Facebook ads were always seen as an easy way to get traction on the platform as well as getting pretty affordable traffic pushed to your site when compared to other paid sources. As the Facebook Ad platform continues to mature real estate becomes more competitive and eats into the affordability and attractiveness for advertisers.
While it needs to keep the content to ad ratio for consumers at a minimum in order to reduce ad fatigue. Facebook faces a balancing act of note trying to keep both ends of the spectrum hooked into their ecosystem and it’s why raising the barrier to entry for ads has become very important.
You’re Facebook Reputation Will Affect Your Ads
Facebook has implemented a new feedback system which may result in businesses being banned from advertising if they cannot maintain an acceptable level of customer satisfaction. Once you dip below a certain level your ads will automatically be blocked from the platform.
How Facebook will collect feedback
Customers can now send feedback directly to Facebook about their experiences with businesses. A short one-tap survey will be available after a user completes a purchase that was initiated through a Facebook ad.
Users can rate their experience with a sad face, a neutral face, or a happy face. A questionnaire will then appear so the user can provide more information.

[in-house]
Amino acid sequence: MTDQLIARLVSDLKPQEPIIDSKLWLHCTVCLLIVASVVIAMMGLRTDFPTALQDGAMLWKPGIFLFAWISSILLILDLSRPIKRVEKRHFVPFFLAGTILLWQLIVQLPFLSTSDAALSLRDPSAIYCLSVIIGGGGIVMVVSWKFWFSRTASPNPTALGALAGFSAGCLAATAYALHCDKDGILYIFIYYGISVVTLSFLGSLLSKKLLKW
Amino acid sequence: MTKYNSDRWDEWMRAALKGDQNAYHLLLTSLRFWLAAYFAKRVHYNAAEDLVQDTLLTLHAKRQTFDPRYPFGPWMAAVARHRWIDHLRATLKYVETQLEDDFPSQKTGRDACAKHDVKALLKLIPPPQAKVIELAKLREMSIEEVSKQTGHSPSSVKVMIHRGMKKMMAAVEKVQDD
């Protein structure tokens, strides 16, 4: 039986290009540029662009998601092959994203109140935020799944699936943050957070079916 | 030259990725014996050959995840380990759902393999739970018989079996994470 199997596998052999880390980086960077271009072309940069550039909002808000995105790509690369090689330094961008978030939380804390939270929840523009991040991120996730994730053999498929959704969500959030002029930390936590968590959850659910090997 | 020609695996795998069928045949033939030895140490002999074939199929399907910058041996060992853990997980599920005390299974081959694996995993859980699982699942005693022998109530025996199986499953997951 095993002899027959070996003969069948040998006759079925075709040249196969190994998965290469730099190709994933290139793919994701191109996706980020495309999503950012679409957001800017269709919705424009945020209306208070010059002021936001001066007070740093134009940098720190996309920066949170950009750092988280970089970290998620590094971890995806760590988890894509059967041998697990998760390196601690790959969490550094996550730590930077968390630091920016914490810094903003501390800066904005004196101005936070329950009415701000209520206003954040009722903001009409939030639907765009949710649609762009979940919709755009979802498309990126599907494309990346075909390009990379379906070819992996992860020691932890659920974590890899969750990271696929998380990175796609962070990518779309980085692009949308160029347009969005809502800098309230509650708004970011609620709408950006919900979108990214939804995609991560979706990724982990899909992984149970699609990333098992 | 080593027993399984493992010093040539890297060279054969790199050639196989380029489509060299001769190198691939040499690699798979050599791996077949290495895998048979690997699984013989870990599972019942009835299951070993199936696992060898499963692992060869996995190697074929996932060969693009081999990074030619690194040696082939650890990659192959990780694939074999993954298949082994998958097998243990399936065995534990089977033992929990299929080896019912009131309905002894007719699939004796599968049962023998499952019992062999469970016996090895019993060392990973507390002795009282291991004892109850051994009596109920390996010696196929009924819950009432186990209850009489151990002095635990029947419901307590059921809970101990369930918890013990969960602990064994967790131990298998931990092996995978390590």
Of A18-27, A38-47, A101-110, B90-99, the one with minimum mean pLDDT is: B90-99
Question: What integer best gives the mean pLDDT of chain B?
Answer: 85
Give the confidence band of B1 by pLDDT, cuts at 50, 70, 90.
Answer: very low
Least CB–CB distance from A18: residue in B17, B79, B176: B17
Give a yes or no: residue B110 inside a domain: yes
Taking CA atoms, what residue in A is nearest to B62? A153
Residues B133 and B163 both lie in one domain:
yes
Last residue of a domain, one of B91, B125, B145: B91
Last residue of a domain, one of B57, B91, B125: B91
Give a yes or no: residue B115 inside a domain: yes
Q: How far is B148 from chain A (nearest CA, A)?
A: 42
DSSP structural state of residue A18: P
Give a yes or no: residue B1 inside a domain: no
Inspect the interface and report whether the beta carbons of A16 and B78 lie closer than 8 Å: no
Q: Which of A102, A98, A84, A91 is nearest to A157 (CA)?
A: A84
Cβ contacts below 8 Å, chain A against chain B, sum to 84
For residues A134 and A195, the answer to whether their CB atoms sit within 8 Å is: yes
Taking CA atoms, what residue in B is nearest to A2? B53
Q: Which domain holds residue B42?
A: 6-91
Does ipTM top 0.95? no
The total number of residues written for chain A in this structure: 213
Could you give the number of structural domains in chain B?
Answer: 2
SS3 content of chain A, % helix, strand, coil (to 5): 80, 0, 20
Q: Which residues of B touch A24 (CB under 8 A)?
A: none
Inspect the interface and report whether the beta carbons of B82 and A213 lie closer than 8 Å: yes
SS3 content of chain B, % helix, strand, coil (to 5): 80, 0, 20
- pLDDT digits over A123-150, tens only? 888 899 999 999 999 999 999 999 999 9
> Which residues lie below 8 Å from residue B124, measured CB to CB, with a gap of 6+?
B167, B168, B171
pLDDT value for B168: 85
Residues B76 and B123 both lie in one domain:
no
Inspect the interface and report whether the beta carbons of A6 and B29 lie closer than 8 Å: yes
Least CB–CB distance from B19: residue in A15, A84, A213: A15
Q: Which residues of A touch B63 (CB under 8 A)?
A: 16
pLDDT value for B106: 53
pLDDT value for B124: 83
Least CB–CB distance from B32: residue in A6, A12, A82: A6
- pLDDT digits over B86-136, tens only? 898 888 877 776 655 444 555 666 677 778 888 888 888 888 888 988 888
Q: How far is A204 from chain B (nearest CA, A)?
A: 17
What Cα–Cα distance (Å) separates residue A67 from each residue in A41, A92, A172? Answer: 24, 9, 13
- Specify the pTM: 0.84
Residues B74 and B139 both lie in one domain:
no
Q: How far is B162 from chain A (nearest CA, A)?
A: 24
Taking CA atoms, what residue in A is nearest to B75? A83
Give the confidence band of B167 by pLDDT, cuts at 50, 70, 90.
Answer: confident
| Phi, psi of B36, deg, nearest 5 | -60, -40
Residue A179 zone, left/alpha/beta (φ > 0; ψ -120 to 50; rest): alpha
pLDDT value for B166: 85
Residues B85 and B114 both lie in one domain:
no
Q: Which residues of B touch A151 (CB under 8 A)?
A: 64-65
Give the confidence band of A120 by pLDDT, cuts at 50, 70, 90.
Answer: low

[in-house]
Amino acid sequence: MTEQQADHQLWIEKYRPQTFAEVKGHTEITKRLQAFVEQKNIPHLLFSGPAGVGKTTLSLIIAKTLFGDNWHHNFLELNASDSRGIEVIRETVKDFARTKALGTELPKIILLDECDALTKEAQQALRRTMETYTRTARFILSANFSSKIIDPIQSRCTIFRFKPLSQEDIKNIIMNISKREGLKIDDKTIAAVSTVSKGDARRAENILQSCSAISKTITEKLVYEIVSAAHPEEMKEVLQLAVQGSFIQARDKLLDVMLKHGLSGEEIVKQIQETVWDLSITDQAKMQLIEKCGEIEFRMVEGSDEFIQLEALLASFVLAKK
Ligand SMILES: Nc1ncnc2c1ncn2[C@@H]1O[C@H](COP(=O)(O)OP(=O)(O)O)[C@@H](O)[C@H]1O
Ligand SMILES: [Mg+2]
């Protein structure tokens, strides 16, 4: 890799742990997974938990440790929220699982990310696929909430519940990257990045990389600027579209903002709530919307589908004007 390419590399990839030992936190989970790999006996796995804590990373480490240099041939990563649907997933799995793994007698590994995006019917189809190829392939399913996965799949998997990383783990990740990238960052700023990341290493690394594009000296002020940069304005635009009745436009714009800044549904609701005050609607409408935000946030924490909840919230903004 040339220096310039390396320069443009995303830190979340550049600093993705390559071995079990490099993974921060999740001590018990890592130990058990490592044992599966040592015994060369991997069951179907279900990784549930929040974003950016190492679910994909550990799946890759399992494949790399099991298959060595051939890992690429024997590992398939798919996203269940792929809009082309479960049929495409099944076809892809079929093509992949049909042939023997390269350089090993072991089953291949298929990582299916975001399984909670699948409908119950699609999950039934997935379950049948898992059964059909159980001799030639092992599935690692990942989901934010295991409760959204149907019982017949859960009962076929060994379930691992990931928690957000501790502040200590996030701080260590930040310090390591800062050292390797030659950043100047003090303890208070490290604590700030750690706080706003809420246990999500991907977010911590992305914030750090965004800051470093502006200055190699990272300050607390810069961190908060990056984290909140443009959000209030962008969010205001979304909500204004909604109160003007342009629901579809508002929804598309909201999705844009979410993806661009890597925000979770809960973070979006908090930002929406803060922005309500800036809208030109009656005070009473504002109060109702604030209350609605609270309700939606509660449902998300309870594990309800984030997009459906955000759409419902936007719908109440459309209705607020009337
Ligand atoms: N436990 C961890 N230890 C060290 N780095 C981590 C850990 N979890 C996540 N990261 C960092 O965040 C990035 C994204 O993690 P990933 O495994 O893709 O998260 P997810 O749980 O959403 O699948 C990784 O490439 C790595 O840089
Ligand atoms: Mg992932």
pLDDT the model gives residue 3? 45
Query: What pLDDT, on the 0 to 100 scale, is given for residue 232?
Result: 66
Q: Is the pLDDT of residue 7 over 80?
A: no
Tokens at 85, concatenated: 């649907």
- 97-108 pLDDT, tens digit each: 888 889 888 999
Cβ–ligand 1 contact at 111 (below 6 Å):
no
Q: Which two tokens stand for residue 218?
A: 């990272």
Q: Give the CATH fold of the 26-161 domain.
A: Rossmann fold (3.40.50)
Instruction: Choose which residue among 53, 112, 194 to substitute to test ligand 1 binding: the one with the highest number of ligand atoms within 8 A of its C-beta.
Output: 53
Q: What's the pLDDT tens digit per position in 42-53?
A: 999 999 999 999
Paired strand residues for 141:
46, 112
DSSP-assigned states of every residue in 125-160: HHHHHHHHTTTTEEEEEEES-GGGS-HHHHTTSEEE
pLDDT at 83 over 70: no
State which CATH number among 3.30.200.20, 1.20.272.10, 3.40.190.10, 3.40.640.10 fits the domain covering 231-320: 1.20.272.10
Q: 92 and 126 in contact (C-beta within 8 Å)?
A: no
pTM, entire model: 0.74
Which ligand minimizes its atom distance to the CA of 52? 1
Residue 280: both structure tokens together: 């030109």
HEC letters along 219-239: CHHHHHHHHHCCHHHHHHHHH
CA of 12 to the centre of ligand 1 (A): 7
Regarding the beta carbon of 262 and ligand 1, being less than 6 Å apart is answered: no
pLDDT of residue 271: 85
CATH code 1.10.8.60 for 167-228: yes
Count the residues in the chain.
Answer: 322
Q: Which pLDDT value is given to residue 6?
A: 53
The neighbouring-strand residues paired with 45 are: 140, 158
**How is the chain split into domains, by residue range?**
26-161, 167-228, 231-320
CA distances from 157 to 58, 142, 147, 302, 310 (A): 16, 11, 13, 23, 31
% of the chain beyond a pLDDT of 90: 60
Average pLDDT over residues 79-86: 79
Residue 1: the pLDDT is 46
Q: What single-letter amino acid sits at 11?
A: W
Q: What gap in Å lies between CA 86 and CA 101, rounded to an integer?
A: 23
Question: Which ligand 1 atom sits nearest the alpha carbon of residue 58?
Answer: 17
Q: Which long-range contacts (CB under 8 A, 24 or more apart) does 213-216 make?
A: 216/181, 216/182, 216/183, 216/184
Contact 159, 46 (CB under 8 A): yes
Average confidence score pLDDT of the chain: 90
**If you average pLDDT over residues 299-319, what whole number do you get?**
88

An example of how Facebook will be requesting feedback from consumers
Access to feedback
At this initial stage, feedback will be shared with businesses only if they receive a large volume of negative feedback. Facebook will then give the business a grace period and chance to improve their reviews before taking further action.
If feedback does not improve, Facebook will reduce the amount of ads the business can run. “This can continue to the point of banning the advertiser,”
Why the need for a new FEEDBACK loop
This feedback system is being introduced due to frustrations customers have after purchasing things from Facebook advertisers.
“We spoke with people who have purchased things from Facebook advertisers, and the two biggest frustrations we heard were that people don’t like ads that quote inaccurate shipping times or that misrepresent products. We’re taking steps to try and identify these and other common frustrations with a new tool launching globally today.“
Facebook’s previous community standards and ad policies only applied to users’ experiences on the platform itself. There were no policies in place for bad shopping experiences that occurred off-site, such as clicking an ad to an online retailer’s site or app to make a purchase.
For the most part, it sounds like businesses should not run into problems as long as their ads are not misleading to customers.
customer satisfaction matters
Using Facebook advertising is now no longer simply about blasting your message out to a large audience and hoping to make a quick buck and with this feedback loop, Facebook will be able to create custom reach profiles for businesses who they feel provide a quality service.
Essentially limiting access to their platform for transgressors and asking them to pay a premium will help reduce spam and have businesses and marketers thinking twice about pumping out click bait or low-quality ads.
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